Russian forces’ movement from Kyiv a ‘repositioning, not a real withdrawal’: Pentagon
30 March, 2022 | Pragati Singh
Pentagon Press Secretary John Kirby claimed on Tuesday (local time) that Russian forces had moved away from Ukraine's capital Kyiv "in the last day or so," but that he believes this is a "repositio...
Pentagon Press Secretary John Kirby claimed on Tuesday (local time) that Russian forces had moved away from Ukraine’s capital Kyiv “in the last day or so,” but that he believes this is a “repositioning,” not a “real withdrawal.”
“Has there been some movement by some Russian units away from Kyiv in the last day or so? Yeah. We think so. Small numbers,” said Kirby during a briefing. “But we believe that this is a repositioning, not a real withdrawal, and that we all should be prepared to watch for a major offensive against other areas of Ukraine,” he added. Kirby spoke several hours after a member of the Russian negotiating team announced that the Ministry of Defense had decided “to radically, at times, reduce military activity in the city of Kyiv and Chernikyiv direction.”
The Russian defence ministry announced the withdrawal of troops as a “good faith” gesture in the discussions. Kirby, on the other hand, said the move corresponded with the Russian military’s failure to take control of the two northern cities.
“The Russian attempt to capture Kyiv has failed. Its goal of subjugating Ukraine was not achieved. They can, however, continue to inflict immense cruelty on the country,” he added.
The Pentagon press secretary’s comments come a day after a senior US defence official told reporters that Russian troops are “making really no attempts on the ground to move on the city,” and that the Russians are now “prioritising the Donbas” region.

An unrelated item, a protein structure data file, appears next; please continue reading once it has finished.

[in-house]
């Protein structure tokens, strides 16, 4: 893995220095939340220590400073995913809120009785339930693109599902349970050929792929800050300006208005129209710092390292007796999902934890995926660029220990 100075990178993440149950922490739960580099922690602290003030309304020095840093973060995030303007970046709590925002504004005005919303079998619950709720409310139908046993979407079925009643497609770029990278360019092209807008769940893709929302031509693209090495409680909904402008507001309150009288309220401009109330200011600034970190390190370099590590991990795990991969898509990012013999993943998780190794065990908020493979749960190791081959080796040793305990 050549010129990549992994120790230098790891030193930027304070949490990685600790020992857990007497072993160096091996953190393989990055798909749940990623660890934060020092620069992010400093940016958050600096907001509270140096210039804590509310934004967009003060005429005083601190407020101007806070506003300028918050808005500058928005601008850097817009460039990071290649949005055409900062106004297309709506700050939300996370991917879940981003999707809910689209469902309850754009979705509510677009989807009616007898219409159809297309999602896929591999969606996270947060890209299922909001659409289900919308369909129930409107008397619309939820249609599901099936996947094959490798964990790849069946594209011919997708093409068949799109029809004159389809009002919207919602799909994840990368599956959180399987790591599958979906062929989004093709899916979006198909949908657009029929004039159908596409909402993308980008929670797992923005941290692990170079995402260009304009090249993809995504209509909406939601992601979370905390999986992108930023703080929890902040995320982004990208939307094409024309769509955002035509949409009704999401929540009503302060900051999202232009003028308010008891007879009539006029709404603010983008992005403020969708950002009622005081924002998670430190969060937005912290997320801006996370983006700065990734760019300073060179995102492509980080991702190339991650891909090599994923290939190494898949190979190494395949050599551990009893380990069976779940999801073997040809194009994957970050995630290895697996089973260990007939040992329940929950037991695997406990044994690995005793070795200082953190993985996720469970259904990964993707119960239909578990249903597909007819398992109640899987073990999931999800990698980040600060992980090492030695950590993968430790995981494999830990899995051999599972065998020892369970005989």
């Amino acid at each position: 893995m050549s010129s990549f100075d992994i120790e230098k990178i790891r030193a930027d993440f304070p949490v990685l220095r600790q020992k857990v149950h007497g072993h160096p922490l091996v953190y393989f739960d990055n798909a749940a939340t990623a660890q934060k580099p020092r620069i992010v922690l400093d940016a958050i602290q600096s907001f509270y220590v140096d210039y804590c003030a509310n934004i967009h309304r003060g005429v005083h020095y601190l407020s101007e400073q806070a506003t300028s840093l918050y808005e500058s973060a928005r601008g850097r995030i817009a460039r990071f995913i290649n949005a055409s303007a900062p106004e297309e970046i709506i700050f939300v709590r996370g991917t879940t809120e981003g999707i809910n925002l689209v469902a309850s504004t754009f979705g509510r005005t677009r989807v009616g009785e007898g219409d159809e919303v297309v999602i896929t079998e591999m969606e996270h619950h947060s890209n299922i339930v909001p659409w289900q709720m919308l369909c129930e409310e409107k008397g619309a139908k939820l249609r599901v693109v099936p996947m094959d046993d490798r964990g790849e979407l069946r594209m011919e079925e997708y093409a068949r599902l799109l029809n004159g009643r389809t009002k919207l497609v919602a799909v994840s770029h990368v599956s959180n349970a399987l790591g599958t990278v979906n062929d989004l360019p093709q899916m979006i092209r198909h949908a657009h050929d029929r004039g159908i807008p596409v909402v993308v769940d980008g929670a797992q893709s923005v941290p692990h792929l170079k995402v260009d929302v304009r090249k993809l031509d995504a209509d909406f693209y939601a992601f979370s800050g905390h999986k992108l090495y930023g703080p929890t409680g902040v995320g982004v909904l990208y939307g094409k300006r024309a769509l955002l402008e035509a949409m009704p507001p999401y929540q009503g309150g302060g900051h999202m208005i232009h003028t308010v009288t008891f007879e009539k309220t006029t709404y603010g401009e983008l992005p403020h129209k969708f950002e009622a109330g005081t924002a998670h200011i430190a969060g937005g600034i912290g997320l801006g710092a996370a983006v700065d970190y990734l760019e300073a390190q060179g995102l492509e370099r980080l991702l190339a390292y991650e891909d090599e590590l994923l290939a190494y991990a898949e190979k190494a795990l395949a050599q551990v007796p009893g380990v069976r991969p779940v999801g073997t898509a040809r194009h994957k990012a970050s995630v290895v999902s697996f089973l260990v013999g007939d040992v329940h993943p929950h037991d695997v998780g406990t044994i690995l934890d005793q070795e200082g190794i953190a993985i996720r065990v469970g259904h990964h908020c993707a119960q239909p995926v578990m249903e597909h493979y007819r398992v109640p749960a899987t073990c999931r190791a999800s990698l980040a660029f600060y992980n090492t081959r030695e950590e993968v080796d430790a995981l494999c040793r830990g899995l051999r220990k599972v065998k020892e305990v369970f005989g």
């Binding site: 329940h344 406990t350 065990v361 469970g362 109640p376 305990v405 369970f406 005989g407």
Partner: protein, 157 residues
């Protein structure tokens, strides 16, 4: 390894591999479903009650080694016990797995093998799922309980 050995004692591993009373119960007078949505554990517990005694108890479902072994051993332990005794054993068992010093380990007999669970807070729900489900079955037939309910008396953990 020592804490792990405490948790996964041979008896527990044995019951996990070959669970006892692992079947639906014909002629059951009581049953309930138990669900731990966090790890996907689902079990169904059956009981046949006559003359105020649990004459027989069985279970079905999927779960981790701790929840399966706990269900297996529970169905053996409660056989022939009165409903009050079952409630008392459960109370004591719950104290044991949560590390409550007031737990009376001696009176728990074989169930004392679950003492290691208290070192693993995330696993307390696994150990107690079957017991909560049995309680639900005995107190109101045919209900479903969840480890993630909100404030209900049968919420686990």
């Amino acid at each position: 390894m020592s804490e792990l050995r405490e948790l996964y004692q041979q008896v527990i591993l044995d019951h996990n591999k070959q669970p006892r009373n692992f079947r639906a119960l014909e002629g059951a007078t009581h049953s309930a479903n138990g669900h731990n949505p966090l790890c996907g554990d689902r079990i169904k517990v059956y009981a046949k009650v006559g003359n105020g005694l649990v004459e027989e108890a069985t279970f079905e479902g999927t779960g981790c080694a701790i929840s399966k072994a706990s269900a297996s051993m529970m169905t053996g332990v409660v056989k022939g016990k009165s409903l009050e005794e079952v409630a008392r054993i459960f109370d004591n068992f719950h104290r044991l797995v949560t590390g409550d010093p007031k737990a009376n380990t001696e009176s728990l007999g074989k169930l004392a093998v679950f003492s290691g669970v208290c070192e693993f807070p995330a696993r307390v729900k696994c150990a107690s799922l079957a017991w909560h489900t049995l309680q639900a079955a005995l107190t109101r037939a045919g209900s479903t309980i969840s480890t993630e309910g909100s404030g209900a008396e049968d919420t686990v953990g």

The Pentagon’s latest assessment is in line with the White House, where communications director Kate Bedingfield described the moves around Kyiv as a “redeployment” and not an outright “withdrawal.”
“Everyone should expect that we’re going to continue to see attacks across Ukraine,” Bedingfield said.
“Obviously, a key message that the president delivered on his trip to Europe last week was that we are in for a long slog, that our allies and partners need to remain, that our resolve needs to remain strong, and that we need to continue to execute on the strategy of inflicting significant costs on the Russian economy, and again, strengthening Ukraine on the battlefields and at the negotiating table,” Bedingfield added.
Meanwhile, Ukrainian President Volodymyr Zelenskyy said Russia cannot be trusted. He said it was Ukrainian troops who forced Russia’s hand, adding that “we shouldn’t let down our guard” because the invading army still “has a great potential to continue attacks against our country.” Ukraine will continue negotiations, he said, but officials do not trust the word of the country that continues “fighting to destroy us.”
US President Joe Biden, asked whether the Russian announcement was a sign of progress in the talks or an attempt by Moscow to buy time to continue its assault, said: “We’ll see. I don’t read anything into it until I see what their actions are.”
After the separatist republics of Donetsk and Luhansk requested assistance in protecting themselves against Ukrainian provocations, Russia initiated a military campaign in Ukraine on February 24. Western countries have launched a broad sanctions campaign against Russia in reaction to the operation.